J Korean Bal Soc.  2006 Jun;5(1):44-48.

Sleep and Vestibular Neuritis

  • 1Department of Neurology, Brain Research Institute, Keimyung University School of Medicine, Daegu, Korea. hlee@dsmc.or.kr


BACKGROUND AND OBJECTIVES: While it is known that sleep have influence on emergence of rapid eye movements (REMs), namely saccades including fast component of nystagmus, whether spontaneous nystagmus due to vestibular imbalance presents during sleep is still unclear. The purpose of our study was to investigate whether tonic vestibular imbalance appeared as spontaneous nystagmus during the wakeful state could present during REM sleep. MATERIALS AND METHOD: Overnight polysomnography (PSG) was performed in 7 patients with spontaneous nystagmus due to vestibular neuritis (VN) and 7 control patients without dizziness or any nystagmus. The numbers of horizontal saccades were counted, during 3 minutes samples of the alert state before and after the PSG and the first and last REM sleep.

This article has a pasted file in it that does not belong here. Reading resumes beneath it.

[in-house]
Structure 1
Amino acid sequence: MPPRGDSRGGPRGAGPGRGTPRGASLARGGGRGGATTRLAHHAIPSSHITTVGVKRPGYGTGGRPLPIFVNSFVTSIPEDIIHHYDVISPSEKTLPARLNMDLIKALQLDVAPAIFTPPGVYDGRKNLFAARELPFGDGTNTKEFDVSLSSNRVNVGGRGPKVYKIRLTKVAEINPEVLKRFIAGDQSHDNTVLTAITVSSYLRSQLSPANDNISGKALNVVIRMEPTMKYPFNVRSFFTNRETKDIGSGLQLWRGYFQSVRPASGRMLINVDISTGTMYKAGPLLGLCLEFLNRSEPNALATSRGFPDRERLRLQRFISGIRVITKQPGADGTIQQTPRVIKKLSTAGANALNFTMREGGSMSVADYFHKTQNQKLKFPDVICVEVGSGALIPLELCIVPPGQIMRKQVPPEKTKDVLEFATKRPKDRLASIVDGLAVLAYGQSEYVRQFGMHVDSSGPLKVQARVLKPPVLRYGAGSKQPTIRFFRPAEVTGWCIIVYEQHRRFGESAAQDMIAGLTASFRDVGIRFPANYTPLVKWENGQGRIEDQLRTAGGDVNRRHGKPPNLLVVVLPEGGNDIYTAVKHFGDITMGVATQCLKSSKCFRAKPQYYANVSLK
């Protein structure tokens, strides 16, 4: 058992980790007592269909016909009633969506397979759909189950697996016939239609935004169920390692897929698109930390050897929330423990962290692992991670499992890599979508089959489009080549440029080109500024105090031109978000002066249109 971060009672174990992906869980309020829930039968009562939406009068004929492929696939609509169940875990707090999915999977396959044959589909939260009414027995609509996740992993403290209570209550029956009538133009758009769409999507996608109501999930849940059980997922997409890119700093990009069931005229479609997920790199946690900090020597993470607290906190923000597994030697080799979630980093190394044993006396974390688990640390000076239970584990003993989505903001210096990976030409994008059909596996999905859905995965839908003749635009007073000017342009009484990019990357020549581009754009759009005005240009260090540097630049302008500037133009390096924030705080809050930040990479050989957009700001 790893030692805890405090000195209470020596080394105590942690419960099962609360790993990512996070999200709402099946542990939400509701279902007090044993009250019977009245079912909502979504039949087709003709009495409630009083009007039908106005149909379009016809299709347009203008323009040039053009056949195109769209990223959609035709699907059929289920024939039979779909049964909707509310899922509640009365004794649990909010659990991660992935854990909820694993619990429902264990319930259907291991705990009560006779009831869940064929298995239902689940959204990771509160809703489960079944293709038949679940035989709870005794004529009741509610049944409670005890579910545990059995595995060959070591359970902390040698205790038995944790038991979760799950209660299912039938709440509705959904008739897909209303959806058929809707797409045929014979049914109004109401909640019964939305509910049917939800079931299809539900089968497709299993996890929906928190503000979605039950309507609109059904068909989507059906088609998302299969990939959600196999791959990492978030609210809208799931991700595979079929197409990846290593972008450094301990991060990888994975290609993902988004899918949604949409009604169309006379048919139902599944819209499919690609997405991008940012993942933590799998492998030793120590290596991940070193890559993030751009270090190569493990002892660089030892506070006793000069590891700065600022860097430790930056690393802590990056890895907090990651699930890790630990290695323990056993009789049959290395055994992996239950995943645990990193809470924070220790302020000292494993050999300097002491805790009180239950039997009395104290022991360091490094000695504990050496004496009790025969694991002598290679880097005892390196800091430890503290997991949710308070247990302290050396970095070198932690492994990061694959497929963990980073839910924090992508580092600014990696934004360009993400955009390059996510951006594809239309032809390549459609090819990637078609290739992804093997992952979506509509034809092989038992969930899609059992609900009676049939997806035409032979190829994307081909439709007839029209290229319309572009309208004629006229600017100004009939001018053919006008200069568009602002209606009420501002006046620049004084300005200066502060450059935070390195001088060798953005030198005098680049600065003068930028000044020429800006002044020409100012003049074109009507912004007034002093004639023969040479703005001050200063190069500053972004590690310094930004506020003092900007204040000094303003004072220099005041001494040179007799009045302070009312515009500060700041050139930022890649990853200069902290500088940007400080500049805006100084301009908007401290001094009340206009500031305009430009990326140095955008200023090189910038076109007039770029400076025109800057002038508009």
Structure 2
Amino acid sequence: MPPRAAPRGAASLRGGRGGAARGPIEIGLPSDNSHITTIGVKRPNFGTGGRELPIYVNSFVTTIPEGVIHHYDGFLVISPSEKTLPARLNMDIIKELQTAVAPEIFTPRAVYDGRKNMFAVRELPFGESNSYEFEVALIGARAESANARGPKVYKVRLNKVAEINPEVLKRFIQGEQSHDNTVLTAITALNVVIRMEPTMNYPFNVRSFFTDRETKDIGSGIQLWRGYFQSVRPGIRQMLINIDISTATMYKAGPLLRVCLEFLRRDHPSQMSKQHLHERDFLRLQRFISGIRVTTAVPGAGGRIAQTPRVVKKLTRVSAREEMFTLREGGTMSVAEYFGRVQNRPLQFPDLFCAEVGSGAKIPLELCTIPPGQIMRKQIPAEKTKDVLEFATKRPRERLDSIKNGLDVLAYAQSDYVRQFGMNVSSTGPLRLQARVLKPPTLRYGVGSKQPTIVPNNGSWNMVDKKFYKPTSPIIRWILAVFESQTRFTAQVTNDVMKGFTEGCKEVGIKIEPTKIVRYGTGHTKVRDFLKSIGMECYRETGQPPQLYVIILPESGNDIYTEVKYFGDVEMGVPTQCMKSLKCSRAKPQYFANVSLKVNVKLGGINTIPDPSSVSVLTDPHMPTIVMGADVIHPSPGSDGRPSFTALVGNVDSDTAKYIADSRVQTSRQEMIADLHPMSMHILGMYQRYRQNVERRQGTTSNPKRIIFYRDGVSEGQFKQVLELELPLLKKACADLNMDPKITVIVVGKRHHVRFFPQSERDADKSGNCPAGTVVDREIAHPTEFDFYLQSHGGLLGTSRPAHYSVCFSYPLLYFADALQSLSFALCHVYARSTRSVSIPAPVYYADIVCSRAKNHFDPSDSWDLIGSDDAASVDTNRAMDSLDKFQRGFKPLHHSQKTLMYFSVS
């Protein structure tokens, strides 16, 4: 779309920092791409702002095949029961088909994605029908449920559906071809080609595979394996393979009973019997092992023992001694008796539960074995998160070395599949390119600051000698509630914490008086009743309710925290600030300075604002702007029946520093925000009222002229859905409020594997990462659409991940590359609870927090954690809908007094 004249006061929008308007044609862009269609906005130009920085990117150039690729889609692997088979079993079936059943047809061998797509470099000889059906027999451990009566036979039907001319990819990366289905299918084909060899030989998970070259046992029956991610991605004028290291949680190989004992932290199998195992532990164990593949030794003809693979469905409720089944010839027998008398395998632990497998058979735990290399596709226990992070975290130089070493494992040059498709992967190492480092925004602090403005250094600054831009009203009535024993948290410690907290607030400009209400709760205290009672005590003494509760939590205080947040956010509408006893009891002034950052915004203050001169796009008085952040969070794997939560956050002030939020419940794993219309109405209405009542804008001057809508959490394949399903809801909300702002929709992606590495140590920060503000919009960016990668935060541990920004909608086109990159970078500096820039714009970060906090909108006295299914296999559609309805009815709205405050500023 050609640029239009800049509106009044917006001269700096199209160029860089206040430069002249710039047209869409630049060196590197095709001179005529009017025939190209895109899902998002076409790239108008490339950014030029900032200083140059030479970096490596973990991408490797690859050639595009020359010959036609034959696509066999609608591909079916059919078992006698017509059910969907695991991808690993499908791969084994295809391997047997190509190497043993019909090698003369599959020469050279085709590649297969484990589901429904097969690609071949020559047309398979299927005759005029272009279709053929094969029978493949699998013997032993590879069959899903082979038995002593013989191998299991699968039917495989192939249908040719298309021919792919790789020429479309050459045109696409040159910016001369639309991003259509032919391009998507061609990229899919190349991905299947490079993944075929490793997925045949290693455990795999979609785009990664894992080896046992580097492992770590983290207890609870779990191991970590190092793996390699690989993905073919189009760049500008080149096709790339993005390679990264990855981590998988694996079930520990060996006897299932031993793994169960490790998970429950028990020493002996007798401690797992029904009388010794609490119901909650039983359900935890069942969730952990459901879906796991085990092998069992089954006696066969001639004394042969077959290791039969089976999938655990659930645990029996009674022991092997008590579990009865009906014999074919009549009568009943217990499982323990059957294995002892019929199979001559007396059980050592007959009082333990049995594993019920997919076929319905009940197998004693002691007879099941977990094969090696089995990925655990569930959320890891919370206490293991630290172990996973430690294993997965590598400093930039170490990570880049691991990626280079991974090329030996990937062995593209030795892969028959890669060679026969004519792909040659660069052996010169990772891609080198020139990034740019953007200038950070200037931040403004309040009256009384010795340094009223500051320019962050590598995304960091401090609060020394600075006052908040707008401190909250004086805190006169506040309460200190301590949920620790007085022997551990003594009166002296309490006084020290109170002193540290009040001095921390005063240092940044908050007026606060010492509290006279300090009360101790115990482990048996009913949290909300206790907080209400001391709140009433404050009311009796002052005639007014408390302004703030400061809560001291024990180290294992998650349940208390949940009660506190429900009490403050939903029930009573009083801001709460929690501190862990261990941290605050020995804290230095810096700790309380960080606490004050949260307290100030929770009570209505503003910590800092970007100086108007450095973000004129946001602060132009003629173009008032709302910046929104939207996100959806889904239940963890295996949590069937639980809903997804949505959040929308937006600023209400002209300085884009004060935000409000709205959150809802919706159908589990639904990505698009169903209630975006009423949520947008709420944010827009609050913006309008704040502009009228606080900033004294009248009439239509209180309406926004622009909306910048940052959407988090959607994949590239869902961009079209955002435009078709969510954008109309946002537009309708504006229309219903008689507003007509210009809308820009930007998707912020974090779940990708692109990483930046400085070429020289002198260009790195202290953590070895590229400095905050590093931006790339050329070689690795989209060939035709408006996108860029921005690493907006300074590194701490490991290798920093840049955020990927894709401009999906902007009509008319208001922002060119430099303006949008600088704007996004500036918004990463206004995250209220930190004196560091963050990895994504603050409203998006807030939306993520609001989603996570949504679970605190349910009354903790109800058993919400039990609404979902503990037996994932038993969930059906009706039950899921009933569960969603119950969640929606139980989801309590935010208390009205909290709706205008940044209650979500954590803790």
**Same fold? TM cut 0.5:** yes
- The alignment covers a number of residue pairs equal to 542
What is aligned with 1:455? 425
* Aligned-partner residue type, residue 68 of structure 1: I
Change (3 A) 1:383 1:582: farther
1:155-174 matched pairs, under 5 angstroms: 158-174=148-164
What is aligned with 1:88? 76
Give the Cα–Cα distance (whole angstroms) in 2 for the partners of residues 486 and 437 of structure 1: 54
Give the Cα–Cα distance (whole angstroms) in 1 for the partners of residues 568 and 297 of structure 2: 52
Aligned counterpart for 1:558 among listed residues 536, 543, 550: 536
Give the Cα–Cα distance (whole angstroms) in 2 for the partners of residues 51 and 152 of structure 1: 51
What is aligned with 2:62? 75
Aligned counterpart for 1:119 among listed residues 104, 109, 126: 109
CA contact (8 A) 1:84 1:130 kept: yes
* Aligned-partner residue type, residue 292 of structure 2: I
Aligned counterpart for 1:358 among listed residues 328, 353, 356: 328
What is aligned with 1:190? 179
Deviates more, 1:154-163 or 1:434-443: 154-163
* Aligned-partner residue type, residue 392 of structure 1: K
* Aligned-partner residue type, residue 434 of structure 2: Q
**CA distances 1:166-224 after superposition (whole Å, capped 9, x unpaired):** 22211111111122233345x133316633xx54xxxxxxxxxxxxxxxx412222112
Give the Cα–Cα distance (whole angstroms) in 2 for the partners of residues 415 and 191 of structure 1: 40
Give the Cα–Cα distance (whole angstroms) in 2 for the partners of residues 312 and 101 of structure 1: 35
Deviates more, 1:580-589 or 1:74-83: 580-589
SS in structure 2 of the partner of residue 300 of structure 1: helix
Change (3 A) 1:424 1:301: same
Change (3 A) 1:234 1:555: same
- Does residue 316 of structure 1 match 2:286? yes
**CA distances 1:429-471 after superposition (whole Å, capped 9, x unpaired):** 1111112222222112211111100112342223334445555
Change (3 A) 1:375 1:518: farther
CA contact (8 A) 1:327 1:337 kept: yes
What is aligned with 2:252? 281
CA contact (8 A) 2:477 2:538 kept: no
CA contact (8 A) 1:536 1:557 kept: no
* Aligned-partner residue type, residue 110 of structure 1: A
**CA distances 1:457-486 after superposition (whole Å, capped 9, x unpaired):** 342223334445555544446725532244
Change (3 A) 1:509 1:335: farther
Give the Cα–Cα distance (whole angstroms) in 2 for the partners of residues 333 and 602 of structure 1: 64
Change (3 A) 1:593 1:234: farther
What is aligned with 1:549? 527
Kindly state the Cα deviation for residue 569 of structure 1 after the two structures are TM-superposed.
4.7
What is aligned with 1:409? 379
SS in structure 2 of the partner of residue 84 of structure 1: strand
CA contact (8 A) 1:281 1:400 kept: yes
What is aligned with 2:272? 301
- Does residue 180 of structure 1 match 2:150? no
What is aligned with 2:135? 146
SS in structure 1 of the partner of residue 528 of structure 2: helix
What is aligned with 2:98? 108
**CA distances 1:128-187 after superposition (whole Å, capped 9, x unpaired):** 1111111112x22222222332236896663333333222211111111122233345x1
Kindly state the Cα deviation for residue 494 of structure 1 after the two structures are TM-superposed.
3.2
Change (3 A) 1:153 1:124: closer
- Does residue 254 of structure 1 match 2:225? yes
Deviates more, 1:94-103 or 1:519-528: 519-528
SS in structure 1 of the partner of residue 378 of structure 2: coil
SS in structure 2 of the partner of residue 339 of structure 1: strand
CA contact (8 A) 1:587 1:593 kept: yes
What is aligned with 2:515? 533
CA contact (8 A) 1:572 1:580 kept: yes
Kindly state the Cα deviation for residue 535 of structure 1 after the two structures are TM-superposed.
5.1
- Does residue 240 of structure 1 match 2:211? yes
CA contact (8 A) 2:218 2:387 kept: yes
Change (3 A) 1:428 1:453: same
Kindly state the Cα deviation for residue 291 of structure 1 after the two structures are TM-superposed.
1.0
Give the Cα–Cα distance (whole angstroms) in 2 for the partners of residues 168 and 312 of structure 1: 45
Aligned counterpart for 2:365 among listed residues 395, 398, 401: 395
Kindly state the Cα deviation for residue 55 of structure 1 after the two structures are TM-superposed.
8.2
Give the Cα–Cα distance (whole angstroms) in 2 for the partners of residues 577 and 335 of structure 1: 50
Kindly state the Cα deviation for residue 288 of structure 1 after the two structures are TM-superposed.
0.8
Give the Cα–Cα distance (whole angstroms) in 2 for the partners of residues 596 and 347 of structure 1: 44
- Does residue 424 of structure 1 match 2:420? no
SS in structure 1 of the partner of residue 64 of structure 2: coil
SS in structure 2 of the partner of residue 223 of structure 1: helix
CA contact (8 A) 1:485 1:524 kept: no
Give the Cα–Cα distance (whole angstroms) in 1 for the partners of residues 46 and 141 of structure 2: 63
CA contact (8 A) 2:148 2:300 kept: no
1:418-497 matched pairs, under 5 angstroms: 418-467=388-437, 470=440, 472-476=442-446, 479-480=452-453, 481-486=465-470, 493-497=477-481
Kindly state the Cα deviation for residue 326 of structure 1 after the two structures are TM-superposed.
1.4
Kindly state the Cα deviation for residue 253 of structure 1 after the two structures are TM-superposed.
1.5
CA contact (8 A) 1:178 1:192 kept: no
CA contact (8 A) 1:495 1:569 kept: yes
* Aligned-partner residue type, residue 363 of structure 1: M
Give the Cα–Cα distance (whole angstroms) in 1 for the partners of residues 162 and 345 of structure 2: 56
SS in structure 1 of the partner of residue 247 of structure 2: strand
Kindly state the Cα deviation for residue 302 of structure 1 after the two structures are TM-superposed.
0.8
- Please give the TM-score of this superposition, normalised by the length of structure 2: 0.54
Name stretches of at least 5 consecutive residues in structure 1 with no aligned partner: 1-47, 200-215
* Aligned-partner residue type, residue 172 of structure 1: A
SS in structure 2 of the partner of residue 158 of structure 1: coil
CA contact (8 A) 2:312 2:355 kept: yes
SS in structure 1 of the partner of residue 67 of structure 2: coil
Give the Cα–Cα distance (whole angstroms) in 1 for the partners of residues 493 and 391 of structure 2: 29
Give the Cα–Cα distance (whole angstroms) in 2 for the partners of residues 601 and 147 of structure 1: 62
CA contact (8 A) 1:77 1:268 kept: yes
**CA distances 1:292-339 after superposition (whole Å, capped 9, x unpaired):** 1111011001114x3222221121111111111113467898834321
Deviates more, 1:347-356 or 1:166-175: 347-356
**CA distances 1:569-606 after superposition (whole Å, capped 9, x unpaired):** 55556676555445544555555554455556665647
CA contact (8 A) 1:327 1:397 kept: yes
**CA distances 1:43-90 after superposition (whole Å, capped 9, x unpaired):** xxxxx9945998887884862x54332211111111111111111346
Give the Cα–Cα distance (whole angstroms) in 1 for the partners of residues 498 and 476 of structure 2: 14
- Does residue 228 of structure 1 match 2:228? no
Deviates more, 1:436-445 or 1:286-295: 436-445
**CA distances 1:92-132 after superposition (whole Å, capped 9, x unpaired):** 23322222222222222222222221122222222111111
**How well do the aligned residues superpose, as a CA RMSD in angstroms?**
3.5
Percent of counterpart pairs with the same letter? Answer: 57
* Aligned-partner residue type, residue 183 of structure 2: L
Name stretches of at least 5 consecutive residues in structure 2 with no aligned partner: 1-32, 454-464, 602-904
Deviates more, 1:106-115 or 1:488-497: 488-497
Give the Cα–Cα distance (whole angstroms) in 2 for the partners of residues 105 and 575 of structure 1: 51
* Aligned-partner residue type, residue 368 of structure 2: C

All patients with VN showed significantly more saccades (fast phases of spontaneous nystagmus) towards the side contralateral to their vestibular lesion in the awake state before and after the PSG compared with control group. By contrast, during REM sleep the patients with VN showed no preponderance in saccade direction (p<0.05). Some brief nystagmoid jerks showed during REM sleep in both patients and controls equally and also had no preponderance in direction.
The tonic vestibular imbalance at peripheral level observed during alert state does not appear at the brainstem level during REM sleep. It is suggested that a de-afferentation of the peripheral vestibular input to the REM sleep generating areas may explain an absence of nystagmus during REM sleep in patients with VN.


Vestibular imbalance; Nystagmus; REM sleep

MeSH Terms

Brain Stem
Sleep, REM
Vestibular Neuronitis*
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